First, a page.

Amnesty International condemns ‘execution spree’, which in recent months has seen as many as five people executed a week
The execution of a man convicted of murder has taken the number of people Saudi Arabia executed in the conservative Kingdom so far this year to 100, the Saudi state news agency has said.
The unnamed individual had his sentence upheld by an appeals court in a case involving the murder of another man, official news agency SPA said, without giving details.
The Independent’s requests for comment from Saudi government representatives were not immediately answered.
Amnesty International condemned the news, alleging that up to 40 per cent of executions in recent months had been for drug-related charges, which should not be punishable by death. Amnesty remains committed to the abolition of the death penalty under all circumstances.
“Since July, the Saudi Arabian government has been on an execution spree with an average of five people put to death per week”, said Lynn Maalouf, the organisation’s Middle East Research Director.
“The Saudi authorities have been using the death penalty as a tool to crush dissent and rein in minorities with callous disregard for human life,” she continued.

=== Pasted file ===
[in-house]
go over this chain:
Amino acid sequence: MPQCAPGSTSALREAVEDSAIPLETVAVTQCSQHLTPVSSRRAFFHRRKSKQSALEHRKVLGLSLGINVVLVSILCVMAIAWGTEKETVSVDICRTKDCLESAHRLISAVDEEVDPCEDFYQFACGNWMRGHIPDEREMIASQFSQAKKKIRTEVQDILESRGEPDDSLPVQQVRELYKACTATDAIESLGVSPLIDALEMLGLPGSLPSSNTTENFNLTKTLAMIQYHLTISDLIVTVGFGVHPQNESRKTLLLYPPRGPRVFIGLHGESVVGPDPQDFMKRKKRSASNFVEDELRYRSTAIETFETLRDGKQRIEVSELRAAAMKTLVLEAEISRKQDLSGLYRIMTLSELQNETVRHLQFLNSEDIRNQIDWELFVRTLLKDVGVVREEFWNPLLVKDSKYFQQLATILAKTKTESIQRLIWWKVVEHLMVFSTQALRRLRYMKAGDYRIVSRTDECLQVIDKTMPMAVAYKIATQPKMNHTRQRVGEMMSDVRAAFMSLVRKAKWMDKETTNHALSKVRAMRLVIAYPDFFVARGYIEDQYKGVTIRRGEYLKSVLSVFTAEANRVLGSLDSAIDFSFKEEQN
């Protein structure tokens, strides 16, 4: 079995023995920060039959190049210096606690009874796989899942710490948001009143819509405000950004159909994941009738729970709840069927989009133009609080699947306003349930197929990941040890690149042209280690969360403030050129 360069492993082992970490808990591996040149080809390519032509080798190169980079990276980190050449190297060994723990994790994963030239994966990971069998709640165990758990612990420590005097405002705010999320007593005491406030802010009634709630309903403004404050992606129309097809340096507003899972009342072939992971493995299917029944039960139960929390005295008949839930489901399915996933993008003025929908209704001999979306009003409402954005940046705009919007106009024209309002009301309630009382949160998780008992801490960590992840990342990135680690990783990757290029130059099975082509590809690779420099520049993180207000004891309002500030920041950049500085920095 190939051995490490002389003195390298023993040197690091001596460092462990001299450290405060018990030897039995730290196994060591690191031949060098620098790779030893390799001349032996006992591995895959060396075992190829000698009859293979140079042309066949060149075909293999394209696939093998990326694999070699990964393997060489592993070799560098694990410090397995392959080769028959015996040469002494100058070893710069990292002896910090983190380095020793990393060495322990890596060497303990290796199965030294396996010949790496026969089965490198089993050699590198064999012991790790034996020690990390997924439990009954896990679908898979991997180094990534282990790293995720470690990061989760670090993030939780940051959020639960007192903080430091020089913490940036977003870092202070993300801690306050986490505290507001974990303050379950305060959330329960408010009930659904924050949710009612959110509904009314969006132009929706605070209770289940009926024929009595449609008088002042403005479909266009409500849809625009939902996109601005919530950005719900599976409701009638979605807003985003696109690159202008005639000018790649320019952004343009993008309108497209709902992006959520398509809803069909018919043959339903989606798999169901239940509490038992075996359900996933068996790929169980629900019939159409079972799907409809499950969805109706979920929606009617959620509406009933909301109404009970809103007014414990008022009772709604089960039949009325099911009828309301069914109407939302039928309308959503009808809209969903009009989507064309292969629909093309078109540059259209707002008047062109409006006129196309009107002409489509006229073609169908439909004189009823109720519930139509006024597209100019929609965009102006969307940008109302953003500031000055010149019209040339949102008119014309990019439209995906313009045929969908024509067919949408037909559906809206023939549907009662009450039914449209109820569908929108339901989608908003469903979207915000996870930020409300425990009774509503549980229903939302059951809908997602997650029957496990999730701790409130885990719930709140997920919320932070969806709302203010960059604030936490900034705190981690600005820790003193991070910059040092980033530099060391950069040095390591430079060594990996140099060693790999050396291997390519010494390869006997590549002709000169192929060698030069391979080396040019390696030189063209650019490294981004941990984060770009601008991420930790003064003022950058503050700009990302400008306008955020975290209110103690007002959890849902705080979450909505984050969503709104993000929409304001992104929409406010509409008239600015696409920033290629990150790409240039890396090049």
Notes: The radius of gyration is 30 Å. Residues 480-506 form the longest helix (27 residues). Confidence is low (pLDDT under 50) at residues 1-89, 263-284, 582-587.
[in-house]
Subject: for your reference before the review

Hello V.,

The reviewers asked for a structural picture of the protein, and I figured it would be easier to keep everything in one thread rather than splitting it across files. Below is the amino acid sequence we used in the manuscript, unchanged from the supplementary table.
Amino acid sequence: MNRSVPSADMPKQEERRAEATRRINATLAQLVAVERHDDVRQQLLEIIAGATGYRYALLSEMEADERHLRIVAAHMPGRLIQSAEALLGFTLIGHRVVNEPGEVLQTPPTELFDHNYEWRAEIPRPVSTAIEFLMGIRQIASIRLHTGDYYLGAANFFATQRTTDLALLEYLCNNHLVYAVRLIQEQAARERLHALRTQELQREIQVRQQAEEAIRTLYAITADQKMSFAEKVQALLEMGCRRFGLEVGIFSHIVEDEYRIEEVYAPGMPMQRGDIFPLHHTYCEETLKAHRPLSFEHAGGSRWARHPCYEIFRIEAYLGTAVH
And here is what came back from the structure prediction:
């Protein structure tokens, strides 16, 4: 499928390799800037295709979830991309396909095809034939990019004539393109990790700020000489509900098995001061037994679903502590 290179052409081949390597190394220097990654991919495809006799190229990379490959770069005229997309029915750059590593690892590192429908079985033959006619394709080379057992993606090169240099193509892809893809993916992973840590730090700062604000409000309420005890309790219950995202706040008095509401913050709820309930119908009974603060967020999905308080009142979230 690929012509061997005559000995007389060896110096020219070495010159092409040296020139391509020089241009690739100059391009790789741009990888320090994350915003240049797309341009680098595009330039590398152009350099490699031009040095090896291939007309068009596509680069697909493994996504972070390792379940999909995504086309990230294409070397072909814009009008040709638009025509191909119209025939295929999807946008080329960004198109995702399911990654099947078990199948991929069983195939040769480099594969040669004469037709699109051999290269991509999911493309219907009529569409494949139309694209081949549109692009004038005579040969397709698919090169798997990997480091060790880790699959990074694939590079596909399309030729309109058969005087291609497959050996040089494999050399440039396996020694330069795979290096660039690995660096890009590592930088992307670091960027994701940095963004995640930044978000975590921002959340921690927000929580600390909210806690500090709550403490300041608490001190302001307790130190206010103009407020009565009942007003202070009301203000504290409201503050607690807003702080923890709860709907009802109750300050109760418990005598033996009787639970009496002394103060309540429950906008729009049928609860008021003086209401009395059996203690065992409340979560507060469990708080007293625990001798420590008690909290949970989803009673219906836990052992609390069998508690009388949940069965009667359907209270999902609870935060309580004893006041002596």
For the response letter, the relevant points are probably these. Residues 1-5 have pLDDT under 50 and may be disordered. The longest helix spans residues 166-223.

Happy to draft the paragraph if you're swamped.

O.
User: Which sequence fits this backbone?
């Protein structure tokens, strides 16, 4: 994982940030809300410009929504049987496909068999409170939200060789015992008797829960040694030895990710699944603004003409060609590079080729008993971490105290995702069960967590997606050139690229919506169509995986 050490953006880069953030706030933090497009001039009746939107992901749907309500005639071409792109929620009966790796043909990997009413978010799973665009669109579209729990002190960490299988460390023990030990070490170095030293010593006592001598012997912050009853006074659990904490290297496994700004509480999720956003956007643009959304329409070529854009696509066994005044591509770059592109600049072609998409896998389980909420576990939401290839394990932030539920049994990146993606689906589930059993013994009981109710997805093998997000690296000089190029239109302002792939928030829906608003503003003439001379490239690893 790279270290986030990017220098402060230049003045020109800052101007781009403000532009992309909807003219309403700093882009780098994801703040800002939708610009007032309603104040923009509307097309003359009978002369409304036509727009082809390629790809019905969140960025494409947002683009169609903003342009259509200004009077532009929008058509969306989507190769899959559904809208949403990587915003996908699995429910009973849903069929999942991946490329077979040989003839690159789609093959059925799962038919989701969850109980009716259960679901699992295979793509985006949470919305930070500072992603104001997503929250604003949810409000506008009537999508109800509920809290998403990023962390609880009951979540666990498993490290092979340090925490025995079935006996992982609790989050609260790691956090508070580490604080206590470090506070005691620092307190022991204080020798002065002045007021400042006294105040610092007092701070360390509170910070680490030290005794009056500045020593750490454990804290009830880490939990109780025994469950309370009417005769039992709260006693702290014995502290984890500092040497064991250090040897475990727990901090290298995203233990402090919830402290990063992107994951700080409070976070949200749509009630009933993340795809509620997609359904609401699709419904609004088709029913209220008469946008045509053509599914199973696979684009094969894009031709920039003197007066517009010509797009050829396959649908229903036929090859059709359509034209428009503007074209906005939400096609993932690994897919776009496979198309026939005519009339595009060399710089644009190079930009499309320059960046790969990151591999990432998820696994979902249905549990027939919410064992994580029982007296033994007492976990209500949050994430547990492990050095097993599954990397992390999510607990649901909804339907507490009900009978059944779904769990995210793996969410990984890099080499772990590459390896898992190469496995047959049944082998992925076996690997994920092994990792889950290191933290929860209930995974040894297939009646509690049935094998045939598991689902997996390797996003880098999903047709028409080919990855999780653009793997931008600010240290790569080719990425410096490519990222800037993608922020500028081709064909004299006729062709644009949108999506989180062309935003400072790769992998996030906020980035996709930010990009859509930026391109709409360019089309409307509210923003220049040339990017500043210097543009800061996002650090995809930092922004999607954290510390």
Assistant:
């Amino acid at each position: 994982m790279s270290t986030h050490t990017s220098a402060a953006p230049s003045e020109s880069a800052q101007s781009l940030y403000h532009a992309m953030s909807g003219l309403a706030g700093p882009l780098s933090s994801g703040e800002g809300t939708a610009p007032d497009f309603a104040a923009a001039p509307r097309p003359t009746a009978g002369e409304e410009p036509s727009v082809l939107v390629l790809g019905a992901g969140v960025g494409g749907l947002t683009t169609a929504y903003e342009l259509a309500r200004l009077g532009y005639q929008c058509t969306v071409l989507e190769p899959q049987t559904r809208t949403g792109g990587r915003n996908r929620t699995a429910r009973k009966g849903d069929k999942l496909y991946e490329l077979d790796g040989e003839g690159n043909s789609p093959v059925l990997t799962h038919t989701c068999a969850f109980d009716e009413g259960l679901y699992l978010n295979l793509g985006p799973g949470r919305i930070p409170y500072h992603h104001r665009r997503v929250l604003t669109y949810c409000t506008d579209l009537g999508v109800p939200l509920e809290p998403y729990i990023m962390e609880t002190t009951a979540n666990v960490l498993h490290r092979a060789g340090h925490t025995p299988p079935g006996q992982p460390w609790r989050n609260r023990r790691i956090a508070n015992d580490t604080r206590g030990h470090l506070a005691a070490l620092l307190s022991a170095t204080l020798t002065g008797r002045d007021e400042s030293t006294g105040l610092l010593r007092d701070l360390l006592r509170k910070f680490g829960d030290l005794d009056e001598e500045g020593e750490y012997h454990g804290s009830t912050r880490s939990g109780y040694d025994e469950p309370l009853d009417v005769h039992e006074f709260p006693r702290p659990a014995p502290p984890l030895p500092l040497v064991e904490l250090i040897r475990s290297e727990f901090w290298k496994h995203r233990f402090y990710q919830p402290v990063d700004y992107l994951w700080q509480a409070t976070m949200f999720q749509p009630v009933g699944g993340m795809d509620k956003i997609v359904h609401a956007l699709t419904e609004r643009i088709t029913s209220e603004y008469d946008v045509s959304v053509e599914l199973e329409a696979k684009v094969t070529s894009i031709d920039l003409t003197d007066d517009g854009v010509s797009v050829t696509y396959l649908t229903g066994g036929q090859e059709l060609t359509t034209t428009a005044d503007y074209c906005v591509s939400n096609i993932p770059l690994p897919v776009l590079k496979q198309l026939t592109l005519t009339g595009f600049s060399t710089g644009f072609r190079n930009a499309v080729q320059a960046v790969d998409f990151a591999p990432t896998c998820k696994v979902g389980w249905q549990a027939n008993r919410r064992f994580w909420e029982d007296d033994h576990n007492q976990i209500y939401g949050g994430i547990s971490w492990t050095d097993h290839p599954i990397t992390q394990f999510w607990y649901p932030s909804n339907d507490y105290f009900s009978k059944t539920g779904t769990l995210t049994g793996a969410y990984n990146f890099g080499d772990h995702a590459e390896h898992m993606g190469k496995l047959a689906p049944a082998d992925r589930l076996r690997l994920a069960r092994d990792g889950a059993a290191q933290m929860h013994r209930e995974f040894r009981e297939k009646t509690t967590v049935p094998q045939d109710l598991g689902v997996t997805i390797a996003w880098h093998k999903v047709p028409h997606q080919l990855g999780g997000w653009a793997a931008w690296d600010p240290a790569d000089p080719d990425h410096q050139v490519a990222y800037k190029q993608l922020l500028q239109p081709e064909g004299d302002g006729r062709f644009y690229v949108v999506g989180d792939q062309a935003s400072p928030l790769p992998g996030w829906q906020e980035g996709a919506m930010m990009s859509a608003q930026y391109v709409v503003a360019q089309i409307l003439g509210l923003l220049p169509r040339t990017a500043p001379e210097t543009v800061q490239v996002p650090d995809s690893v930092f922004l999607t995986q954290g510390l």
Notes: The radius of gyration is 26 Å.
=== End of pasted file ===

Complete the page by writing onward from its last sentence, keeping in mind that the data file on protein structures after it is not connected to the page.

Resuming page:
“If the Saudi authorities are truly intent on making reforms, they must immediately establish an official moratorium on executions as a first step towards abolishing the death penalty completely.”
International human rights watchdogs have consistently condemned Saudi Arabia’s human rights record.
The Kingdom, which is governed by a very strict interpretation of Islamic law and ruled over by an absolute monarchy, has one of the highest death penalty rates in the world.
The sentence is handed down for murder, rape, terrorism, armed robbery, drug trafficking and sometimes apostasy charges.
The death penalty is often declared after flawed court trials and court proceedings which do not adhere to international standards, including confessions obtained by torture, rights organisations allege.
In 2016 Riyadh said a total of 153 people were executed, a figure verified by Amnesty International. At least 33 are currently on death row, and 2,000 people have faced the death penalty since 1985.